This is a significant step towards the Digital Silk Road.

Platform Security

Cell phones with the authority (according to control computer logic) to send their minutes, or money to other phones represent a natural target for virus writers with a business plan. A security savvy robust kernel can support general applications and money in the same phone.

Macro Economics

The creation of money is fraught with moral hazard. The cell operator is tempted to create more money for his own benefit. Indeed cell users will buy more minutes for the convenience of payment. If cell service competition requires lowering cell rates, the cell operator whose system is providing ersatz money is tempted to merely lower cell prices and thus ‘inflate’ the money supply by making current cell accounts, denominated in minutes, lose value in trade. The cell operator with a long run view may choose to double the minutes of each subscriber as he halves the price of minutes thus preserving the value of his customers accounts. The cell system operator has thus become a bank, even a ‘central bank’. This would tend to preserve his reputation as a bank. Here is an account of cell minutes as money, and another.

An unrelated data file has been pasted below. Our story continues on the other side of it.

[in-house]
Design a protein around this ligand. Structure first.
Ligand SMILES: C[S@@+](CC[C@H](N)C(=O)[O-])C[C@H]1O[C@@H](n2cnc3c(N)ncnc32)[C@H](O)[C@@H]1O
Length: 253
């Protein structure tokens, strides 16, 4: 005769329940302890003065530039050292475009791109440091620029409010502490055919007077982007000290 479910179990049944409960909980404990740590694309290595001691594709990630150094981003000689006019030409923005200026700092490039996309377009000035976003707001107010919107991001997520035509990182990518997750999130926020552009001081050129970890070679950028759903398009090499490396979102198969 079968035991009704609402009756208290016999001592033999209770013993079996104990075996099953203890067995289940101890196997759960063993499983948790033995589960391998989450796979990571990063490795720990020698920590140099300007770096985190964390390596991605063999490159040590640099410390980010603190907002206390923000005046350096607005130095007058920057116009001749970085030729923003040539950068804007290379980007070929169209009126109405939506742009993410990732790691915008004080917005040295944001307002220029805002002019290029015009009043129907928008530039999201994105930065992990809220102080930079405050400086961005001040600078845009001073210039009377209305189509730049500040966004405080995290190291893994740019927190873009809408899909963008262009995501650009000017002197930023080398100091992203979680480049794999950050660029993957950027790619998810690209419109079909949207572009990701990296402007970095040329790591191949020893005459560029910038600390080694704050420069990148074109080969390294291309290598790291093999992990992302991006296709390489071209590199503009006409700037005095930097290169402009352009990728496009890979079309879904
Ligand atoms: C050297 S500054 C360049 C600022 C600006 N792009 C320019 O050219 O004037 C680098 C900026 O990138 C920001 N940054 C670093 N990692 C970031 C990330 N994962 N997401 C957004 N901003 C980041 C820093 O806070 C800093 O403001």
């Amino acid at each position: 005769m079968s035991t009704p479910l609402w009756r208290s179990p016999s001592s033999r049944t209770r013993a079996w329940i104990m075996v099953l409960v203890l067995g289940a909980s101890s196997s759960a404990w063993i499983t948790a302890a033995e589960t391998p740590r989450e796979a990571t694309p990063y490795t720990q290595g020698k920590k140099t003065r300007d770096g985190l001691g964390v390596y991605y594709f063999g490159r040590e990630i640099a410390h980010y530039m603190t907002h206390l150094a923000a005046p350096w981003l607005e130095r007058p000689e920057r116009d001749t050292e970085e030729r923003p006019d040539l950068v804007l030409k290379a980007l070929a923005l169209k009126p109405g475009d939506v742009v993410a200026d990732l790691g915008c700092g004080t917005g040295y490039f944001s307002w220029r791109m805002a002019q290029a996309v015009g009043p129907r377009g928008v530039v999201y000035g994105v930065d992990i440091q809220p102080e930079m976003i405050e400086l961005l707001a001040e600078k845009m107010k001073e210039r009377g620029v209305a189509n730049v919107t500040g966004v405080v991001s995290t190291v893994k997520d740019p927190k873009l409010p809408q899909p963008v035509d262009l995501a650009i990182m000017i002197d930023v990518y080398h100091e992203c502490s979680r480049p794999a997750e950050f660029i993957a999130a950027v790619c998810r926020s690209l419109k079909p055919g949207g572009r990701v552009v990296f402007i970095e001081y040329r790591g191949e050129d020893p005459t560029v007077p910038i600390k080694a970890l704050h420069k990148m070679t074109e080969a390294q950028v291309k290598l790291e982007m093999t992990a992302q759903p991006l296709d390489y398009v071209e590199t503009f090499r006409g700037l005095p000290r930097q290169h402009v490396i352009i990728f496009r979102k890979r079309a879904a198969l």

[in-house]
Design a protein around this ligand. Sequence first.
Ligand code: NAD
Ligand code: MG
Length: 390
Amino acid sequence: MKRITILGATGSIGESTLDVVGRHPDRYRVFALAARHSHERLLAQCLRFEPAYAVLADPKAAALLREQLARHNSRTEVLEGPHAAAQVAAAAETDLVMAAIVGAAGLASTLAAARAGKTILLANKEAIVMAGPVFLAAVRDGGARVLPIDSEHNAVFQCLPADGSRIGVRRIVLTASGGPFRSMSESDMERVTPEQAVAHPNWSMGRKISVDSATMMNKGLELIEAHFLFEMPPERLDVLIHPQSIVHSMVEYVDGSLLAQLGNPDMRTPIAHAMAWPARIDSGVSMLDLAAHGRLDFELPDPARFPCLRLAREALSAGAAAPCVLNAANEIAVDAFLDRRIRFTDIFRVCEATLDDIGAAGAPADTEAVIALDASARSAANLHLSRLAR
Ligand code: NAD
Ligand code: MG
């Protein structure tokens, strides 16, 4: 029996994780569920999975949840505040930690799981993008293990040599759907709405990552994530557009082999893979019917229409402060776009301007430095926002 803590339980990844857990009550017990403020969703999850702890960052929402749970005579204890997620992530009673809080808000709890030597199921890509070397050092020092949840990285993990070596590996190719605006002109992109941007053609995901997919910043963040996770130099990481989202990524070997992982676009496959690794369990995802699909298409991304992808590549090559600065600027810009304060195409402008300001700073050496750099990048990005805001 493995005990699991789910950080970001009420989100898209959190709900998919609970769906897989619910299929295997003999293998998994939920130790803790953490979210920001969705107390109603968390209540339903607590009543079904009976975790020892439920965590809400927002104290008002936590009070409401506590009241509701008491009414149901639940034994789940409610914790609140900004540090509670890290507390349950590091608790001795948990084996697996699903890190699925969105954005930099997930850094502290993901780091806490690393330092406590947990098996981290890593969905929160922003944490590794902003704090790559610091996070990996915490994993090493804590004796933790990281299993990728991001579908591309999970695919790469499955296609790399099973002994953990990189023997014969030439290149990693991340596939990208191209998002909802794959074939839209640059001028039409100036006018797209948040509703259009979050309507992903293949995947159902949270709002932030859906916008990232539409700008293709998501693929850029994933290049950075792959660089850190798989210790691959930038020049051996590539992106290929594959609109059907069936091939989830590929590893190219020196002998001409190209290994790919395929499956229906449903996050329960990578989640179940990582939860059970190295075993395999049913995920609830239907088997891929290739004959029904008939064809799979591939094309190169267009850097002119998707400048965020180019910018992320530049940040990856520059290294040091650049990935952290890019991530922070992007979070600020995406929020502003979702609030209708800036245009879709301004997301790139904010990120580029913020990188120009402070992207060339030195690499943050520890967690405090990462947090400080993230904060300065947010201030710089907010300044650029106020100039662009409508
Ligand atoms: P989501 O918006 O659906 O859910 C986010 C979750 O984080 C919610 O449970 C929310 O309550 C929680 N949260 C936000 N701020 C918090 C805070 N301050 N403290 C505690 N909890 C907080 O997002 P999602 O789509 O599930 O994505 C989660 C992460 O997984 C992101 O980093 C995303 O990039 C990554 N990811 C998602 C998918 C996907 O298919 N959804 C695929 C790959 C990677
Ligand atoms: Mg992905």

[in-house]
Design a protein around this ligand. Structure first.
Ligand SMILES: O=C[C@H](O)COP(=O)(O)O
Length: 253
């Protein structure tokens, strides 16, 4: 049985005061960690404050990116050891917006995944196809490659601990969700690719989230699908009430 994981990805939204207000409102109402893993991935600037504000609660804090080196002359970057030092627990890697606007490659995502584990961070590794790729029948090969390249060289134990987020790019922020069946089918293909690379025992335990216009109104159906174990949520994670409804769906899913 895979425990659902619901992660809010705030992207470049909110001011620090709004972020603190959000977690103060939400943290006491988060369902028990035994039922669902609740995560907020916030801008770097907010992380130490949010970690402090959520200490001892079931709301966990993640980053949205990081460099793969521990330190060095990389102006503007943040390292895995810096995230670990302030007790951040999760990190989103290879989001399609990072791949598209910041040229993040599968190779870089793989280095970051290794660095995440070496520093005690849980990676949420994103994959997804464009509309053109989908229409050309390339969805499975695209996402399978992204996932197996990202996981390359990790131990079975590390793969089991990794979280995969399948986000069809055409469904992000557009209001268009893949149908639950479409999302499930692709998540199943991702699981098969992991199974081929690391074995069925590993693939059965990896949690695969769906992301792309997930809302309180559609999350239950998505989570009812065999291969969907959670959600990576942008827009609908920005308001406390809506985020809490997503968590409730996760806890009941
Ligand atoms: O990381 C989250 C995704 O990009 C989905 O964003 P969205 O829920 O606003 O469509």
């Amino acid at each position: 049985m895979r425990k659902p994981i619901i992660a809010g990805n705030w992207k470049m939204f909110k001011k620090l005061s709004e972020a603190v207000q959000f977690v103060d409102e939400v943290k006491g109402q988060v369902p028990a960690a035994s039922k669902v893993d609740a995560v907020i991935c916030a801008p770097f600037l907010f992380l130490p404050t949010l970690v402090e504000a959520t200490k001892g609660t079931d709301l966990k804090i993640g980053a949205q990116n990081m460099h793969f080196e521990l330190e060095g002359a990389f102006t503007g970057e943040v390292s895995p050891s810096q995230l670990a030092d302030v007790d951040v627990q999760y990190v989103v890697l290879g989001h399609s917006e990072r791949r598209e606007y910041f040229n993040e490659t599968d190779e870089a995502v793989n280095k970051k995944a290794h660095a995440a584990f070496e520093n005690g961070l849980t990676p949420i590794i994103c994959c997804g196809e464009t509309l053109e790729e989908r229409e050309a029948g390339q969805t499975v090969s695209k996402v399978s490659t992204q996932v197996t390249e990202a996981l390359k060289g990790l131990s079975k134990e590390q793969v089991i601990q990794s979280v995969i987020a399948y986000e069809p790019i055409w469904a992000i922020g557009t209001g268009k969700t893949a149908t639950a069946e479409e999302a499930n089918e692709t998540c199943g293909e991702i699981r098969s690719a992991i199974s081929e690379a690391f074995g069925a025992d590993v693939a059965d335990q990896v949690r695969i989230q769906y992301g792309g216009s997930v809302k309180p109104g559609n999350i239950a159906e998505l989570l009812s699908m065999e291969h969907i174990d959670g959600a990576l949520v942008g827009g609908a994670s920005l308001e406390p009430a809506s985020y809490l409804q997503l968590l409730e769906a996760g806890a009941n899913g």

Some press accounts: USA Today, BBC. A UN report.
trade journal

Cell systems that advertise monetary use of cell phones (see links below) denominate values in local currency. I suppose then that the cellular account has two balances, minutes and local currency units.